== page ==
Earth Day is recognized as a day to educate, promote concern, and mobilize people around the importance of long-term ecological sustainability. For Aquacycl, Earth Day is every day. The work that we do to improve water quality touches upon multiple aspects of our environment, including healthy watersheds, reducing greenhouse gas (GHG) emissions, and building resilience to climate change.

Healthy watersheds depend upon both quality and quantity of the water within them. Attention is usually more focused on water quantity (specifically scarcity), as it is where the dramatic impacts are felt, but if quality isn’t sufficient, it will impact the entire ecosystem and overall health of all associated waterways. According to a water quality survey of the US rivers and streams conducted by the EPA, 55% of the nation’s flowing waters are in poor biological condition and 23% are in fair biological condition (U.S. EPA, 2013). At Aquacycl, improving water quality is what we do. We remove the hardest to treat parts of wastewater, so replenishment can happen with the same or better quality of water.

With regards to water quantity, we help corporations reduce their direct water footprint by enabling water reuse (with complementary technologies). Instead of approaching water as a linear resource, where discharge is a wasted byproduct, wastewater can be treated to the level necessary for onsite reuse applications. By recycling the water into lower-quality uses (e.g., cooling towers, boilers, truck washes), companies can reduce demand for fresh water, thereby reducing burden on water-stressed areas.

Another area we touch is the connection between energy and water. Water and wastewater systems are energy intensive, consuming 3-4% of energy in the US alone. In wastewater, large quantities of energy are used in aerobic systems, which force air through the wastewater. Anaerobic systems generate biogas, which can be burned for clean energy, but methane leakage can contribute to unintended GHG emissions. Aquacycl has designed our system to be energy-neutral, with small quantities of direct electricity produced as the wastewater is treated, as well as eliminating GHG emissions from trucking and incineration of wastewater and making downstream treatment more efficient. This leads to a 90% reduction in overall GHG emissions relative to conventional treatment processes.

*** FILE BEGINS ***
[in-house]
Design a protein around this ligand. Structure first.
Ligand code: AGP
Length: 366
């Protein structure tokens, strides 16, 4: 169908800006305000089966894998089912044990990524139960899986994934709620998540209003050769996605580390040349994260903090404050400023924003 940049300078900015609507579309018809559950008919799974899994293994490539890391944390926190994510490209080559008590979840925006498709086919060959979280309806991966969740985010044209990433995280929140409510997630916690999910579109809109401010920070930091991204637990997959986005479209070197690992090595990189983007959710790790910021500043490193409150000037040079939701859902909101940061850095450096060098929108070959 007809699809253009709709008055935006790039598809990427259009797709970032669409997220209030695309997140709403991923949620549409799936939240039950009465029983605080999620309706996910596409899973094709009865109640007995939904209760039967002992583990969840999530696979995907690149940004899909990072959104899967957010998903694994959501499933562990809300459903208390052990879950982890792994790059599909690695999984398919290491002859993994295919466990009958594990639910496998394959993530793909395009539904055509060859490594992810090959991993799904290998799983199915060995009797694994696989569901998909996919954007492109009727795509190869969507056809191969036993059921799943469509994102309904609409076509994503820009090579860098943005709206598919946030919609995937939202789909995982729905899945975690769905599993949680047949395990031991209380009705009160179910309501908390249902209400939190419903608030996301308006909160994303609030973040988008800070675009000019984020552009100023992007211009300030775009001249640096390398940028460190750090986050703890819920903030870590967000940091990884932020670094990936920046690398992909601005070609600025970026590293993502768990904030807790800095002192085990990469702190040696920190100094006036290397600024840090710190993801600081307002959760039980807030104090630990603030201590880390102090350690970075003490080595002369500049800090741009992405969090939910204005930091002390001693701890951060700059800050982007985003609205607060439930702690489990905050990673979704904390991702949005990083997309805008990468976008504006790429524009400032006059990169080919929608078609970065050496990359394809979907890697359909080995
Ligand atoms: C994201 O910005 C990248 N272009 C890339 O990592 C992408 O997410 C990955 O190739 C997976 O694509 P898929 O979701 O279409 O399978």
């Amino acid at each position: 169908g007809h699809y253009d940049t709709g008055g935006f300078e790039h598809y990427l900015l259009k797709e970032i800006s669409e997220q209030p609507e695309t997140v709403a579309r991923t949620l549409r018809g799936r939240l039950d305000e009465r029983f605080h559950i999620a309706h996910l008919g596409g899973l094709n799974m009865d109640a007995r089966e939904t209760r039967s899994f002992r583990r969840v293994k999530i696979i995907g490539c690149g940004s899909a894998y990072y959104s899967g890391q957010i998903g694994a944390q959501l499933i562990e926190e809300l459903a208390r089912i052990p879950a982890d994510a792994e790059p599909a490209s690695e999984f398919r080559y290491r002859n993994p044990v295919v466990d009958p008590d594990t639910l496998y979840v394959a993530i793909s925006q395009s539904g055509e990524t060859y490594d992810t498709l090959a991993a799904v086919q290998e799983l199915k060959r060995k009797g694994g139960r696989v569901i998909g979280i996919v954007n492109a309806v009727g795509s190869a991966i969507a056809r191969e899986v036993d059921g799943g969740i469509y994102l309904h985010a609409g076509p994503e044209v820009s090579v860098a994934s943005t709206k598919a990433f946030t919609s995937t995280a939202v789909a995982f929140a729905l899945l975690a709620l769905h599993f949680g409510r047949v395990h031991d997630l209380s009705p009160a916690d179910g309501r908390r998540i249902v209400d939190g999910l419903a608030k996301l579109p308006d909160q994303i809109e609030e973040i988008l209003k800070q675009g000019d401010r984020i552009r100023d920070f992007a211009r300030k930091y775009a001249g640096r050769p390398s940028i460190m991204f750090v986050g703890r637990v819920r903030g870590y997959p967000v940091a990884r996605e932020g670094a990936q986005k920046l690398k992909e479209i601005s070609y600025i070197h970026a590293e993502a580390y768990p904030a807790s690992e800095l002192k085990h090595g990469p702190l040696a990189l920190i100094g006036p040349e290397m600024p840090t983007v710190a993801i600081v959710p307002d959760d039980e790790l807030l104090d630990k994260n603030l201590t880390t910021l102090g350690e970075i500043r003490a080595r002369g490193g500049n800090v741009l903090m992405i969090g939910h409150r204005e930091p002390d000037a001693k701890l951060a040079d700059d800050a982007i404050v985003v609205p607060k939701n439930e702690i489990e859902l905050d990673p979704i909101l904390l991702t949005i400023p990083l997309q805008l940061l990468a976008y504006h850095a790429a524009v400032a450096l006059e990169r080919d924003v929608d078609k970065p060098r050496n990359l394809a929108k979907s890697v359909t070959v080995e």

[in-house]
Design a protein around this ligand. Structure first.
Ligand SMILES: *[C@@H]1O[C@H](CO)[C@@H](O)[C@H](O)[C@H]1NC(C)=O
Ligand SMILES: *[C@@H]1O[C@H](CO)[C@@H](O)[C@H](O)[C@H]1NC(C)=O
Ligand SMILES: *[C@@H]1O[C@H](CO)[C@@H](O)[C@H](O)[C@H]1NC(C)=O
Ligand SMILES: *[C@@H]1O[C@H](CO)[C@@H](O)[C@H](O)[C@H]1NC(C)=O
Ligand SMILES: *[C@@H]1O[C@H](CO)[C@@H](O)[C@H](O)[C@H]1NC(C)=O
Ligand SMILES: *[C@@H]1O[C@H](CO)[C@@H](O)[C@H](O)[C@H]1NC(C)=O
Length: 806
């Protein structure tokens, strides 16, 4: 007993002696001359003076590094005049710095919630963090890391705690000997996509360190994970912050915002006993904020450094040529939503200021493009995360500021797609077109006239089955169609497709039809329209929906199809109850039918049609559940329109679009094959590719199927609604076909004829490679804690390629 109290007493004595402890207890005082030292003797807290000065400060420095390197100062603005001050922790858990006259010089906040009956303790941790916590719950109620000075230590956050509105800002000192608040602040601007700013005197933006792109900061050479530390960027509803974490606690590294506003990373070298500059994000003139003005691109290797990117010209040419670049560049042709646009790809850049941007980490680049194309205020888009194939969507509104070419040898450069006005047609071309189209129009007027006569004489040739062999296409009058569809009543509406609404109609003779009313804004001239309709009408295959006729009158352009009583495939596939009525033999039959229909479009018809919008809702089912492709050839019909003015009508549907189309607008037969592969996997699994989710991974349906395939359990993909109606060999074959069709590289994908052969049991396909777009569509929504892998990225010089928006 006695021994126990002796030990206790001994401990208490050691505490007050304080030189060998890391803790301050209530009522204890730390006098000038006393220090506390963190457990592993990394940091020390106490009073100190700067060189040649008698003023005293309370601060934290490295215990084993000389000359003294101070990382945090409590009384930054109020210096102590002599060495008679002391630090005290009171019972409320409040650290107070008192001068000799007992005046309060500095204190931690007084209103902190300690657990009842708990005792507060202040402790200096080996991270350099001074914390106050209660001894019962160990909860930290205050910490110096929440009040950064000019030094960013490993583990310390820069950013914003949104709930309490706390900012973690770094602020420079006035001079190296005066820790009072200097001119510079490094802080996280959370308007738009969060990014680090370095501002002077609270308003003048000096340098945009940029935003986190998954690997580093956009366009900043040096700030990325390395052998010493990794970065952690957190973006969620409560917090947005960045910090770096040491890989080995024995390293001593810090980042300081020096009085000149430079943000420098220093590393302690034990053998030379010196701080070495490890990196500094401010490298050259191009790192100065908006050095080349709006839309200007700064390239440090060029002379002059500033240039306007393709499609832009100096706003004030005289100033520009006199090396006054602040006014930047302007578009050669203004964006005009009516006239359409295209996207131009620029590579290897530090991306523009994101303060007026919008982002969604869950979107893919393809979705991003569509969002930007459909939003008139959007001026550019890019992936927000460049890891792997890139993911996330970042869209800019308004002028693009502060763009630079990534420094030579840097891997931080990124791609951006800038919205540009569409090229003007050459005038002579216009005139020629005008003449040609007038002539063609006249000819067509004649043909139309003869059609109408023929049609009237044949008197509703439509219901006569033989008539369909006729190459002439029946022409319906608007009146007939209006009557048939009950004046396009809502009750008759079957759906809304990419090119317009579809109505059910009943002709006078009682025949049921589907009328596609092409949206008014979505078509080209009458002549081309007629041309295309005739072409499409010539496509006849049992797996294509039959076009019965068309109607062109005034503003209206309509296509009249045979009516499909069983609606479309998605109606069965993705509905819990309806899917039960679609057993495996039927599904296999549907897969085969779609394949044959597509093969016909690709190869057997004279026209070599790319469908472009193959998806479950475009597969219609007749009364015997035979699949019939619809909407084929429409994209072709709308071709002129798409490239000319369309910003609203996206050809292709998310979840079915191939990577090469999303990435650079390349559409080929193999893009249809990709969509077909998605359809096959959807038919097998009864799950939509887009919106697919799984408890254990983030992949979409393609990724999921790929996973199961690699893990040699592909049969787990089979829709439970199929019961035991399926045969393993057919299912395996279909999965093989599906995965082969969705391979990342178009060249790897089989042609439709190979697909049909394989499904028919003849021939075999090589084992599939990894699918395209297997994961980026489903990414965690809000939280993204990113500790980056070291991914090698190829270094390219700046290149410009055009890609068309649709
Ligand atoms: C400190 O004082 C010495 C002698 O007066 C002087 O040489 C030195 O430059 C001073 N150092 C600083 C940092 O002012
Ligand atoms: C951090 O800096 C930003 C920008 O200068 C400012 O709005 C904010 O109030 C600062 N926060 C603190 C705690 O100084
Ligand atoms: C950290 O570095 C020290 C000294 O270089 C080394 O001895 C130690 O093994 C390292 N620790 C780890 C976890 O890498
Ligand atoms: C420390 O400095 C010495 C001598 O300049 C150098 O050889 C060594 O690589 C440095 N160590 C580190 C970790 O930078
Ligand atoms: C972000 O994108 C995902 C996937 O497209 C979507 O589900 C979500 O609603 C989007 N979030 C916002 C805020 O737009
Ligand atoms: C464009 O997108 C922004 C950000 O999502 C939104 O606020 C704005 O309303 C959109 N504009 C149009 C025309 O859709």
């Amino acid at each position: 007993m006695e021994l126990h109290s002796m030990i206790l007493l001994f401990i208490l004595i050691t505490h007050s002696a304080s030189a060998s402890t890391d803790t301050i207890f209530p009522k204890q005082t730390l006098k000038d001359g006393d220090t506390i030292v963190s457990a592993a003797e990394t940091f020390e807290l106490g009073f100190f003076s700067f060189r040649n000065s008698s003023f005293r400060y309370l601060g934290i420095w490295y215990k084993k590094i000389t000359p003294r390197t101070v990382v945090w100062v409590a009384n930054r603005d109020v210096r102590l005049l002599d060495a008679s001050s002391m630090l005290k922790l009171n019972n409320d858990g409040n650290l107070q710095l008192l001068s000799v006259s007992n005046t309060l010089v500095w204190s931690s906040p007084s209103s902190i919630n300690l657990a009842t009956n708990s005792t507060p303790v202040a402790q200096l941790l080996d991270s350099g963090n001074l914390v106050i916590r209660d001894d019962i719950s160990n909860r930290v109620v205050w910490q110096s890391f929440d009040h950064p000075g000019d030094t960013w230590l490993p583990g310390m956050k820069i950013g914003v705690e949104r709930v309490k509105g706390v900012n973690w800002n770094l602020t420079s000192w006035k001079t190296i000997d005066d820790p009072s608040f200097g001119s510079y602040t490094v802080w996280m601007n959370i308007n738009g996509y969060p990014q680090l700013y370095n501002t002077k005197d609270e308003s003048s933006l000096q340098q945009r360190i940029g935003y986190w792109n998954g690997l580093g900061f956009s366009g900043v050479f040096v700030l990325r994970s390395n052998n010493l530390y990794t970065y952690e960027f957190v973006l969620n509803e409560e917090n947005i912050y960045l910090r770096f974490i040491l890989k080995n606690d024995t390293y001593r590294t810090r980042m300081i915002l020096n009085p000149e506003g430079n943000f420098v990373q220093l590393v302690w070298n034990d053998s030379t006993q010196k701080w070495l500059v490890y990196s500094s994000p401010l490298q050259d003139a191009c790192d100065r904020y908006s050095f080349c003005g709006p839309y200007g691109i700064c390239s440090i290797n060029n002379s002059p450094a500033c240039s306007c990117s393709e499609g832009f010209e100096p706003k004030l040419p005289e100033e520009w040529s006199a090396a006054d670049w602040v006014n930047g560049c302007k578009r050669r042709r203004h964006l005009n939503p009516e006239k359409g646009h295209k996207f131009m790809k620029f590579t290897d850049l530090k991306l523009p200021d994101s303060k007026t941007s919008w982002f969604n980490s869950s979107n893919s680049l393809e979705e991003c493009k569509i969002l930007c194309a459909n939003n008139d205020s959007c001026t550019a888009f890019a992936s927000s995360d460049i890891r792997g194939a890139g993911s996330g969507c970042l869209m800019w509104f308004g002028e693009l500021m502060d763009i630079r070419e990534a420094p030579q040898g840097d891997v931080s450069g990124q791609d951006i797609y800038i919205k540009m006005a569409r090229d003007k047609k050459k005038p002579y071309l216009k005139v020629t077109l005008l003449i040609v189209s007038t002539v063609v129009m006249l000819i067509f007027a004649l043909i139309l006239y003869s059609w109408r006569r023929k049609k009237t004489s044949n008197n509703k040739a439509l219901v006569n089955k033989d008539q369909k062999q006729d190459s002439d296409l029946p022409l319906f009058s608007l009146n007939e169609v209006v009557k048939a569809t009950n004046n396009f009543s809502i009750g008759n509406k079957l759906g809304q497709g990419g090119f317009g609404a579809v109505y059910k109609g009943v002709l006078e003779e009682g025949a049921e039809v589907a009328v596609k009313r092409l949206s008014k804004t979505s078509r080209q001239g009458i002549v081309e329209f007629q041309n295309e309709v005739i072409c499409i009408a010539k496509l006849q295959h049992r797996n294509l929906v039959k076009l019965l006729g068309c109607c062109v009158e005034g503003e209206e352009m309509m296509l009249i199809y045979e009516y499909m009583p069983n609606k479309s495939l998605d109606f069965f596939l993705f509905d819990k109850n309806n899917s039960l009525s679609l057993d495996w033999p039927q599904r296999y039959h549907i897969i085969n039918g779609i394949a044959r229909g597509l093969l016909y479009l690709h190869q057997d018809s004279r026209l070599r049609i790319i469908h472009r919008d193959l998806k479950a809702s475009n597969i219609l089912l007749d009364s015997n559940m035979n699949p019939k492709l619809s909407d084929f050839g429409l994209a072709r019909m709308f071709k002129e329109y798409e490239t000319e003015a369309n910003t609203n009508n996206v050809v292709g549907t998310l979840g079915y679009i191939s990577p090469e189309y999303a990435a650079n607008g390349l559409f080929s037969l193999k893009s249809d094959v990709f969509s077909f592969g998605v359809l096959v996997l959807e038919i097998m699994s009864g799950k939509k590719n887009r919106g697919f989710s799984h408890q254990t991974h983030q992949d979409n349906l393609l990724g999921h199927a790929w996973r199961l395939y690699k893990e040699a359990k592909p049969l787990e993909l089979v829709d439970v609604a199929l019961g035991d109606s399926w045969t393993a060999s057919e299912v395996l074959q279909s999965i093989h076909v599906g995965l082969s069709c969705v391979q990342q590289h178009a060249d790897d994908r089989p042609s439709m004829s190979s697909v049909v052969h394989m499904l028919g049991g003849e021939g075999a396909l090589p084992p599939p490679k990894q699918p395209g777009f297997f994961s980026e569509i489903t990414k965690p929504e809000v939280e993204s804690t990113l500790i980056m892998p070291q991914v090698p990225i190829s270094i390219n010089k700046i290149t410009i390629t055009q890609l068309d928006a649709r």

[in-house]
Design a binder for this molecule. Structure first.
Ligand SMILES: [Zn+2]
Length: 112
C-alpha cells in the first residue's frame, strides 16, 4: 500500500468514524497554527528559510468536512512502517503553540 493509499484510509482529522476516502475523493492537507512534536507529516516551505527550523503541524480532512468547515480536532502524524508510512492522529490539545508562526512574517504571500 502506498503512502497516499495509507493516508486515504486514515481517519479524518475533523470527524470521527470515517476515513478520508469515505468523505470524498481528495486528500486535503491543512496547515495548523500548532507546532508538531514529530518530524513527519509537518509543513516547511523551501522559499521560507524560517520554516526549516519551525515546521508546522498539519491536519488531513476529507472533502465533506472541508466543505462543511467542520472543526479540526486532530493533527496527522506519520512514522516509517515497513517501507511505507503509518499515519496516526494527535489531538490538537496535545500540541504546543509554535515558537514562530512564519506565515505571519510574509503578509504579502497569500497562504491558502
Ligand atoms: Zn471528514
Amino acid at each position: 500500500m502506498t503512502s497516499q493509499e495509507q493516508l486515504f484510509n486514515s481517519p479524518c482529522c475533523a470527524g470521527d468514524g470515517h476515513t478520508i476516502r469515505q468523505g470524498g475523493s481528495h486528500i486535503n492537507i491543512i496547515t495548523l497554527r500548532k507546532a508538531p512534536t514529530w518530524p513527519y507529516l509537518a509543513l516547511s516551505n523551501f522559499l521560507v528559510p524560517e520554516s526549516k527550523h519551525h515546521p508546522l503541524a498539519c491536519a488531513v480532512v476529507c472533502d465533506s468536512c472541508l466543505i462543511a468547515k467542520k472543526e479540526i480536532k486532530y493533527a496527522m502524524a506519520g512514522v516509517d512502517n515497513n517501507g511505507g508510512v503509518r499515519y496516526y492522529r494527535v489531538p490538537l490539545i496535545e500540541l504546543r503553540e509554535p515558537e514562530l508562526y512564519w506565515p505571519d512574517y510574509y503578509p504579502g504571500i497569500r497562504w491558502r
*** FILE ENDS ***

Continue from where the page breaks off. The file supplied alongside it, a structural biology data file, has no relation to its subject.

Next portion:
While the majority of climate tech attention and funding goes to companies addressing GHG reduction such as carbon capture and storage, the effects of climate change will be felt largely through water – too much or too little. We cannot forget water in the discussion of climate technology, as the climate crisis is a water crisis, and the impacts of climate change will be felt even if we meet the 1.5C targets. Aquacycl can help build resilience by providing distributed off-sewer and off-energy grid treatment systems. As climate change forces mass migrations or hurricanes, floods, fires or other natural disasters wreak havoc on infrastructure, the existing infrastructure will not be able to handle the demands. Modular, rapidly deployable treatment systems will help to fill the gap.

Impact for Aquacycl comes in the many small steps toward improving water quality, water quantity, GHG reductions and building resilience. We are tracking the impact that we are having across these areas. At one client site, running a system at half capacity for one year, we have achieved the following:

  • 300 tons of CO2 mitigated
  • 600,000 gallons of water treated
  • 330,400 kilowatts generated

This is just one site, treating at half capacity. As we continue to grow, the impact will multiply over time.

So, for today’s Earth Day, we celebrate the impact that Aquacycl and many others are making to reduce water stress, emissions, and waste. With many small steps, we can collectively change the world.